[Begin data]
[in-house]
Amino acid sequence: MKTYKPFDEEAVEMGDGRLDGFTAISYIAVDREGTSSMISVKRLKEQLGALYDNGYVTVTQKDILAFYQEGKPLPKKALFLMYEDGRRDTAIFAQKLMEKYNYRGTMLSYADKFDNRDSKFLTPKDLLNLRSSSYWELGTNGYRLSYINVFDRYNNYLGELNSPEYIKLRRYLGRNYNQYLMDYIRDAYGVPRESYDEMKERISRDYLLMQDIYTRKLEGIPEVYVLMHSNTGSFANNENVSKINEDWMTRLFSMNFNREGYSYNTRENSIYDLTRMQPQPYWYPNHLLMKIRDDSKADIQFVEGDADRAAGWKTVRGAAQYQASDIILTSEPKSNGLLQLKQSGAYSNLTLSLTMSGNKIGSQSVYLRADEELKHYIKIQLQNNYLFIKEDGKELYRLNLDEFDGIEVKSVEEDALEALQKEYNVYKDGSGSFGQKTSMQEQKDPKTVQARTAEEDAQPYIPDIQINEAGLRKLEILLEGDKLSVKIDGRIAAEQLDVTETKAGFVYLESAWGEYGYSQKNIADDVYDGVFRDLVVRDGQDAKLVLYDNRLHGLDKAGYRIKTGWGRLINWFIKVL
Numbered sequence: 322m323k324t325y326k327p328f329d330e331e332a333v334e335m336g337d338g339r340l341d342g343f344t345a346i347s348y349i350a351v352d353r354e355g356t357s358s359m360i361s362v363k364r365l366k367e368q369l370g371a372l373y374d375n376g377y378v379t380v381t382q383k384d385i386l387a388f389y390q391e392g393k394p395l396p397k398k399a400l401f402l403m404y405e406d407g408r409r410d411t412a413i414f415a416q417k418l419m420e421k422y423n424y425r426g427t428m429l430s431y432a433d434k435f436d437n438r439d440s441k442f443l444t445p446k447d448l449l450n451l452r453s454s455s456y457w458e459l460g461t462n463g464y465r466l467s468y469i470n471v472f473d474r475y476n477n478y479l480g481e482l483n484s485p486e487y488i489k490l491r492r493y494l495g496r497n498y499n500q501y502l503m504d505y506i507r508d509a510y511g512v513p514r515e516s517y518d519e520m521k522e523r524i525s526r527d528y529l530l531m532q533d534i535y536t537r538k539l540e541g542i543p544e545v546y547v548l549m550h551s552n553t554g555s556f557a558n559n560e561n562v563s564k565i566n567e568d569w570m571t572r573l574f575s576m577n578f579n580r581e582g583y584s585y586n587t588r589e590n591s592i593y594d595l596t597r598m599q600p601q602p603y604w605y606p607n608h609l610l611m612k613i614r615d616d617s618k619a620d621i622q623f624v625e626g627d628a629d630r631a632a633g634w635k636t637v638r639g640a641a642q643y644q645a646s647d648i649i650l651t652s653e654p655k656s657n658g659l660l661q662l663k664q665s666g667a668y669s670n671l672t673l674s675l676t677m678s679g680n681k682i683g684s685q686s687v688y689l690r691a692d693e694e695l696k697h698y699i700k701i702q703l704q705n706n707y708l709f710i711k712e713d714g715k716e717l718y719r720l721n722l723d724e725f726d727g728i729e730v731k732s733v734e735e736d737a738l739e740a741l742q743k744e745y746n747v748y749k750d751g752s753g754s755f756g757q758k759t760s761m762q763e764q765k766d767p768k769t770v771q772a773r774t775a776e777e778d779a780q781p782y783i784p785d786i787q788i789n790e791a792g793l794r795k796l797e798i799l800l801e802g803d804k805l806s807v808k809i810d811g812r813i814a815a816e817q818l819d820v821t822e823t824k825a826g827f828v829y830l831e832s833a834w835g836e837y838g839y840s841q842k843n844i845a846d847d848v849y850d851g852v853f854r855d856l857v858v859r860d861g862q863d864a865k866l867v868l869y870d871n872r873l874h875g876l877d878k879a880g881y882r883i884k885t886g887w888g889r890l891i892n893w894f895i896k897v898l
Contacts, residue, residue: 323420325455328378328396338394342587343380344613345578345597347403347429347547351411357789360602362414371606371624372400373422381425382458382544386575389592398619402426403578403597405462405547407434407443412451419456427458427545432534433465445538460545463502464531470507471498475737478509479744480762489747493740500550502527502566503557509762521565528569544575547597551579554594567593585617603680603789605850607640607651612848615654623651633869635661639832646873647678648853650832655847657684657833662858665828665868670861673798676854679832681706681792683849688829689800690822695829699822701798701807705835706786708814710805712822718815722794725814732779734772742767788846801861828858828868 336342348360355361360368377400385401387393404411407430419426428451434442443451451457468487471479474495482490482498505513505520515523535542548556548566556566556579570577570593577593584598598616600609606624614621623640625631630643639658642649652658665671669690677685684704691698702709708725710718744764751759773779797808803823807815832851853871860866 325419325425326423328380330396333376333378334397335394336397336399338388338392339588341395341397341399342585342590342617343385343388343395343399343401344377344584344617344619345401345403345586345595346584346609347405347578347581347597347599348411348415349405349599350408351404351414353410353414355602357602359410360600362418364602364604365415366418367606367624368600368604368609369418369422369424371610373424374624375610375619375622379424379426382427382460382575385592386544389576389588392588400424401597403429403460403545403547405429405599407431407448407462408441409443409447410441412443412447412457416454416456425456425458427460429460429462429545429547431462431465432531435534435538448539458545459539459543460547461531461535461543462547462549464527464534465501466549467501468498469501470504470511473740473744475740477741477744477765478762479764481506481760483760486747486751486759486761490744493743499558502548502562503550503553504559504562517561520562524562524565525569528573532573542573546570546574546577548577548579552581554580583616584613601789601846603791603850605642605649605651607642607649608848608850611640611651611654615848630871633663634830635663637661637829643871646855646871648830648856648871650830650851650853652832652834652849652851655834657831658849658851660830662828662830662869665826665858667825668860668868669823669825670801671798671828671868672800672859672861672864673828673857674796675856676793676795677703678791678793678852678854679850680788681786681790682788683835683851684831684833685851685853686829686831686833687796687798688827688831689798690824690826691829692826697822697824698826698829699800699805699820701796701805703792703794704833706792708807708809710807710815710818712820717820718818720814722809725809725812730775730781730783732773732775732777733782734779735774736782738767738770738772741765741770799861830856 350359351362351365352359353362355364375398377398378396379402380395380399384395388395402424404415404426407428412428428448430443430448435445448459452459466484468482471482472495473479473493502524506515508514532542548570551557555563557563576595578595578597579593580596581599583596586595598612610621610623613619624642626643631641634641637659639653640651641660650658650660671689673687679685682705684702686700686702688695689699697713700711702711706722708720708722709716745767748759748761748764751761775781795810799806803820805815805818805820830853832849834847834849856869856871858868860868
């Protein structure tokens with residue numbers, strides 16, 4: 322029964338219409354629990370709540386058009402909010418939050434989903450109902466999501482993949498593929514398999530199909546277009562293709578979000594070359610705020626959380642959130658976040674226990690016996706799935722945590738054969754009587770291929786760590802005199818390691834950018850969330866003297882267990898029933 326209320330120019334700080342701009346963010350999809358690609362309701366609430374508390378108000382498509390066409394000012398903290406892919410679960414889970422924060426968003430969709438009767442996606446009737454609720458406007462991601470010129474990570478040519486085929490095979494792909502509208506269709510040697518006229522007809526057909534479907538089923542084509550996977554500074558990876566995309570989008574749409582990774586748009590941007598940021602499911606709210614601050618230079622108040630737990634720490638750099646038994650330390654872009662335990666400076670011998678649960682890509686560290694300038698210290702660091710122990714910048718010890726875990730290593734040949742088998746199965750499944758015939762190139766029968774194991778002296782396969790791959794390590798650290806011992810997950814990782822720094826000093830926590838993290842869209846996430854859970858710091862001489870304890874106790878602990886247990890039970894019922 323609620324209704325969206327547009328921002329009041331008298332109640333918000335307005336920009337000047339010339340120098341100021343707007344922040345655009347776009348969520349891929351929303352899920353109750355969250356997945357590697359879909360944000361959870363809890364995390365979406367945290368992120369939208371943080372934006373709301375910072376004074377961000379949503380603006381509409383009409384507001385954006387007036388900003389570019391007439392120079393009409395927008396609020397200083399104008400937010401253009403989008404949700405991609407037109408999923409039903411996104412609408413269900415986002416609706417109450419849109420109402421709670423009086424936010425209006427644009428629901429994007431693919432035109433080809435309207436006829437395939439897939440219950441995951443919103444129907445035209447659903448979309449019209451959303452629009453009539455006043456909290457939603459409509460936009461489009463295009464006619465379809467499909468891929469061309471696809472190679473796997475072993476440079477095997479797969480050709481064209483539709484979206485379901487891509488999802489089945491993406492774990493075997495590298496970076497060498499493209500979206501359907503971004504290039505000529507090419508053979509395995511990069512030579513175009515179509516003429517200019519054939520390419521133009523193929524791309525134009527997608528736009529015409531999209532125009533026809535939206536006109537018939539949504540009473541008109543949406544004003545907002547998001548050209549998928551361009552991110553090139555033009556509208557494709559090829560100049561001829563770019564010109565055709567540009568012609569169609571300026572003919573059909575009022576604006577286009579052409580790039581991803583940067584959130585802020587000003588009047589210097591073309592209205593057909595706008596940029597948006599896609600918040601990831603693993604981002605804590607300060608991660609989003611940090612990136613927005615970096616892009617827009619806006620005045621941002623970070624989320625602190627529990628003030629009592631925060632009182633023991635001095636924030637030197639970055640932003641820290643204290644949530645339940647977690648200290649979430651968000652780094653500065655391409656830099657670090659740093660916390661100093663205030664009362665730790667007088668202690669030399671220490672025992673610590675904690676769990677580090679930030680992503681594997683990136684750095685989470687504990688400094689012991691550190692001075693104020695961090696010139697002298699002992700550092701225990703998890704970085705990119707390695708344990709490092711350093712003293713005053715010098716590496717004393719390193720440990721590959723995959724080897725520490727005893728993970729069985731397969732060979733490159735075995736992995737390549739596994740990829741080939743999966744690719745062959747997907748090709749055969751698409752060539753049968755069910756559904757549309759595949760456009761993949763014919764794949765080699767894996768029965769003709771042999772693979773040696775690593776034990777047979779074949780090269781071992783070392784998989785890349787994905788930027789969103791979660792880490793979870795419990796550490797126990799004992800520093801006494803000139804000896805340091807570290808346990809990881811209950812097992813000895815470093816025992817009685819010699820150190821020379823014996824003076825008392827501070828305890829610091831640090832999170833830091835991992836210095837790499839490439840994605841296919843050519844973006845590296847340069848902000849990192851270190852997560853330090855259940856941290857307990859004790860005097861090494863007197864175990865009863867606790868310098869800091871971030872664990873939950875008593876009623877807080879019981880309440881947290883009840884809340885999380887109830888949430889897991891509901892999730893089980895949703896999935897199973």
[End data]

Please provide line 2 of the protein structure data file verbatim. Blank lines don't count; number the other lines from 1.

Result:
Amino acid sequence: MKTYKPFDEEAVEMGDGRLDGFTAISYIAVDREGTSSMISVKRLKEQLGALYDNGYVTVTQKDILAFYQEGKPLPKKALFLMYEDGRRDTAIFAQKLMEKYNYRGTMLSYADKFDNRDSKFLTPKDLLNLRSSSYWELGTNGYRLSYINVFDRYNNYLGELNSPEYIKLRRYLGRNYNQYLMDYIRDAYGVPRESYDEMKERISRDYLLMQDIYTRKLEGIPEVYVLMHSNTGSFANNENVSKINEDWMTRLFSMNFNREGYSYNTRENSIYDLTRMQPQPYWYPNHLLMKIRDDSKADIQFVEGDADRAAGWKTVRGAAQYQASDIILTSEPKSNGLLQLKQSGAYSNLTLSLTMSGNKIGSQSVYLRADEELKHYIKIQLQNNYLFIKEDGKELYRLNLDEFDGIEVKSVEEDALEALQKEYNVYKDGSGSFGQKTSMQEQKDPKTVQARTAEEDAQPYIPDIQINEAGLRKLEILLEGDKLSVKIDGRIAAEQLDVTETKAGFVYLESAWGEYGYSQKNIADDVYDGVFRDLVVRDGQDAKLVLYDNRLHGLDKAGYRIKTGWGRLINWFIKVL